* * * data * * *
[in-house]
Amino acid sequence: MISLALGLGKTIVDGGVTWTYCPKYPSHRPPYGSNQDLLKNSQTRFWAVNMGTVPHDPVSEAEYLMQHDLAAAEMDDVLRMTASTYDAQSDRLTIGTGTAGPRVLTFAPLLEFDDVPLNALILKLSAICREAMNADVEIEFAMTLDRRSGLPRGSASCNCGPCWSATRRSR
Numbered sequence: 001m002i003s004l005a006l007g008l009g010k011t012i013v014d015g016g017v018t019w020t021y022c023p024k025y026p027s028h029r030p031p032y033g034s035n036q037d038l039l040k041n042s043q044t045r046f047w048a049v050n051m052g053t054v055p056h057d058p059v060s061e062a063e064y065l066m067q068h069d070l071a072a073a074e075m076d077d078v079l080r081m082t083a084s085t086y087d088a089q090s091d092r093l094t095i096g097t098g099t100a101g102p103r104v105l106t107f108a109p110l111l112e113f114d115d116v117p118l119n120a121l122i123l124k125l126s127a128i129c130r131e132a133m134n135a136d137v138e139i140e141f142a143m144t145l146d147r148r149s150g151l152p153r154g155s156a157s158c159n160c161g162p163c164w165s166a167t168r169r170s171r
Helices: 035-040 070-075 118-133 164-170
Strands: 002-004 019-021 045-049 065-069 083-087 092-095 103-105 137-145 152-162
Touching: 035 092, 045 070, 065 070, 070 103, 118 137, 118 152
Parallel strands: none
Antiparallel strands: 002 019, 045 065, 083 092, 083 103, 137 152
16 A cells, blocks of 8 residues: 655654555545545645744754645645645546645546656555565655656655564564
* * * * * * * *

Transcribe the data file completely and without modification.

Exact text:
[in-house]
Amino acid sequence: MISLALGLGKTIVDGGVTWTYCPKYPSHRPPYGSNQDLLKNSQTRFWAVNMGTVPHDPVSEAEYLMQHDLAAAEMDDVLRMTASTYDAQSDRLTIGTGTAGPRVLTFAPLLEFDDVPLNALILKLSAICREAMNADVEIEFAMTLDRRSGLPRGSASCNCGPCWSATRRSR
Numbered sequence: 001m002i003s004l005a006l007g008l009g010k011t012i013v014d015g016g017v018t019w020t021y022c023p024k025y026p027s028h029r030p031p032y033g034s035n036q037d038l039l040k041n042s043q044t045r046f047w048a049v050n051m052g053t054v055p056h057d058p059v060s061e062a063e064y065l066m067q068h069d070l071a072a073a074e075m076d077d078v079l080r081m082t083a084s085t086y087d088a089q090s091d092r093l094t095i096g097t098g099t100a101g102p103r104v105l106t107f108a109p110l111l112e113f114d115d116v117p118l119n120a121l122i123l124k125l126s127a128i129c130r131e132a133m134n135a136d137v138e139i140e141f142a143m144t145l146d147r148r149s150g151l152p153r154g155s156a157s158c159n160c161g162p163c164w165s166a167t168r169r170s171r
Helices: 035-040 070-075 118-133 164-170
Strands: 002-004 019-021 045-049 065-069 083-087 092-095 103-105 137-145 152-162
Touching: 035 092, 045 070, 065 070, 070 103, 118 137, 118 152
Parallel strands: none
Antiparallel strands: 002 019, 045 065, 083 092, 083 103, 137 152
16 A cells, blocks of 8 residues: 655654555545545645744754645645645546645546656555565655656655564564